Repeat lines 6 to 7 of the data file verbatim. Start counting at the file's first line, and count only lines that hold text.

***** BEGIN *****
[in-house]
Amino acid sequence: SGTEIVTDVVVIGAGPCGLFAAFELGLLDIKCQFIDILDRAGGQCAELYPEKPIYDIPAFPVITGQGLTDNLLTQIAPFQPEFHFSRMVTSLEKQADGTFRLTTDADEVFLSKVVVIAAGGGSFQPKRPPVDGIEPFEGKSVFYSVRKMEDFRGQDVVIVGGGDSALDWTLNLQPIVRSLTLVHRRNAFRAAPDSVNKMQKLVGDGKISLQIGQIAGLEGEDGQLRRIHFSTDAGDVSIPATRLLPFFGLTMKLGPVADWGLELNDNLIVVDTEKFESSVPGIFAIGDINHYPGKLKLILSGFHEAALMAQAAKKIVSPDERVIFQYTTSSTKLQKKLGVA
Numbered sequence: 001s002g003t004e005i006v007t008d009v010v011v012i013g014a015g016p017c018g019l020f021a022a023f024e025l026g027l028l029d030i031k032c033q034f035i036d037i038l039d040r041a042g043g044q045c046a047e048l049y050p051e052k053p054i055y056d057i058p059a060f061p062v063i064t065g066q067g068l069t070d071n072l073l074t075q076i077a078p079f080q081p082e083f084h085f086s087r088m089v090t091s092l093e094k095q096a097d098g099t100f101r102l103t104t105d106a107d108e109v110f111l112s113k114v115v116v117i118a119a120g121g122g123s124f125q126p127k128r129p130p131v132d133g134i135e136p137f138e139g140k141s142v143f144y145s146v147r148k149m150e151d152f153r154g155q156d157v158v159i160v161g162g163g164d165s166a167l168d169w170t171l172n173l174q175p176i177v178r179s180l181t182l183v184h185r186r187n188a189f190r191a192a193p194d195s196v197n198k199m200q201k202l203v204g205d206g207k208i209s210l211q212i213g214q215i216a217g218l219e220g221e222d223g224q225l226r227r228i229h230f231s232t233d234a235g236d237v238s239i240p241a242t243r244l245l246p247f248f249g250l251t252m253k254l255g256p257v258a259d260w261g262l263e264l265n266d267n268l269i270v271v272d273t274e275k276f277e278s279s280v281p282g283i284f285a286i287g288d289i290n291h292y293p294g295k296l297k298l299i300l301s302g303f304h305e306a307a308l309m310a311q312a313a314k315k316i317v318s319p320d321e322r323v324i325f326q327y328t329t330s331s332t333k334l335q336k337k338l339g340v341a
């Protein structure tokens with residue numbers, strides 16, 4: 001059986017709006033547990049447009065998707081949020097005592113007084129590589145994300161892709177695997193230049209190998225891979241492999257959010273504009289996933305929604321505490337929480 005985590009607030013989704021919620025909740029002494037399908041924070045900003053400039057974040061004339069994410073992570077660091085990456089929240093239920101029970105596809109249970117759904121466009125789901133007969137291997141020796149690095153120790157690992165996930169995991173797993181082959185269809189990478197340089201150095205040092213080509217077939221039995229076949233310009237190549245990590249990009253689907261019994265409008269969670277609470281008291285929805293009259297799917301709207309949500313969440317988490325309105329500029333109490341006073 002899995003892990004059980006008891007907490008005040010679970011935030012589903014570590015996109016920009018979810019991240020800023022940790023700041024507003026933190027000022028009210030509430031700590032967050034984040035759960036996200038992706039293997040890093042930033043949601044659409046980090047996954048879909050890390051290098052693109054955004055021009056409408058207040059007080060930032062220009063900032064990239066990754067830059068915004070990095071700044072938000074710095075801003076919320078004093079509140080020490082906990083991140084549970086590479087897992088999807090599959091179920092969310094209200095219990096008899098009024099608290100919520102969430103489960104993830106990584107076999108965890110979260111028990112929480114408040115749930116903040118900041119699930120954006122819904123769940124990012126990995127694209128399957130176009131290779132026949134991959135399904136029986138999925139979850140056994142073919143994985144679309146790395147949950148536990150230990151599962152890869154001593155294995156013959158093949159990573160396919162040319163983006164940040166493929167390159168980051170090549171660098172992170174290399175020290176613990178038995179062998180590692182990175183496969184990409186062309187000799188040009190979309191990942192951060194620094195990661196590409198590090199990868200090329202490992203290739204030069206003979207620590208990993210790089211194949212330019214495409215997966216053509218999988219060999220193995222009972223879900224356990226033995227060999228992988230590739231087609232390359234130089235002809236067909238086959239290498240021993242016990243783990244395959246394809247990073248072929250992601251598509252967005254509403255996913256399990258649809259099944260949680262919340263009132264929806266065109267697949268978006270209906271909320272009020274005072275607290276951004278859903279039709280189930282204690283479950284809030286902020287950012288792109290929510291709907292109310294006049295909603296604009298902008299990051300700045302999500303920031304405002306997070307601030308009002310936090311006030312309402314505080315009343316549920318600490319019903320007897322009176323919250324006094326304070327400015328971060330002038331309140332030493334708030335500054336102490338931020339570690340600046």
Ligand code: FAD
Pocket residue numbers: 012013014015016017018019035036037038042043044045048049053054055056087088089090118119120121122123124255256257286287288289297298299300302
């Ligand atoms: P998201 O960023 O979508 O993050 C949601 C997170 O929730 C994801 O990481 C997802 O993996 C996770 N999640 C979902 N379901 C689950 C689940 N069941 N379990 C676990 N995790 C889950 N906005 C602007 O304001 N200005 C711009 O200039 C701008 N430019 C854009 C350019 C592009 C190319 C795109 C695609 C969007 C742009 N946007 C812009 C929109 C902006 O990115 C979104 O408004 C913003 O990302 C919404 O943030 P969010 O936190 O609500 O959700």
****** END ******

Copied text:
Pocket residue numbers: 012013014015016017018019035036037038042043044045048049053054055056087088089090118119120121122123124255256257286287288289297298299300302
């Ligand atoms: P998201 O960023 O979508 O993050 C949601 C997170 O929730 C994801 O990481 C997802 O993996 C996770 N999640 C979902 N379901 C689950 C689940 N069941 N379990 C676990 N995790 C889950 N906005 C602007 O304001 N200005 C711009 O200039 C701008 N430019 C854009 C350019 C592009 C190319 C795109 C695609 C969007 C742009 N946007 C812009 C929109 C902006 O990115 C979104 O408004 C913003 O990302 C919404 O943030 P969010 O936190 O609500 O959700």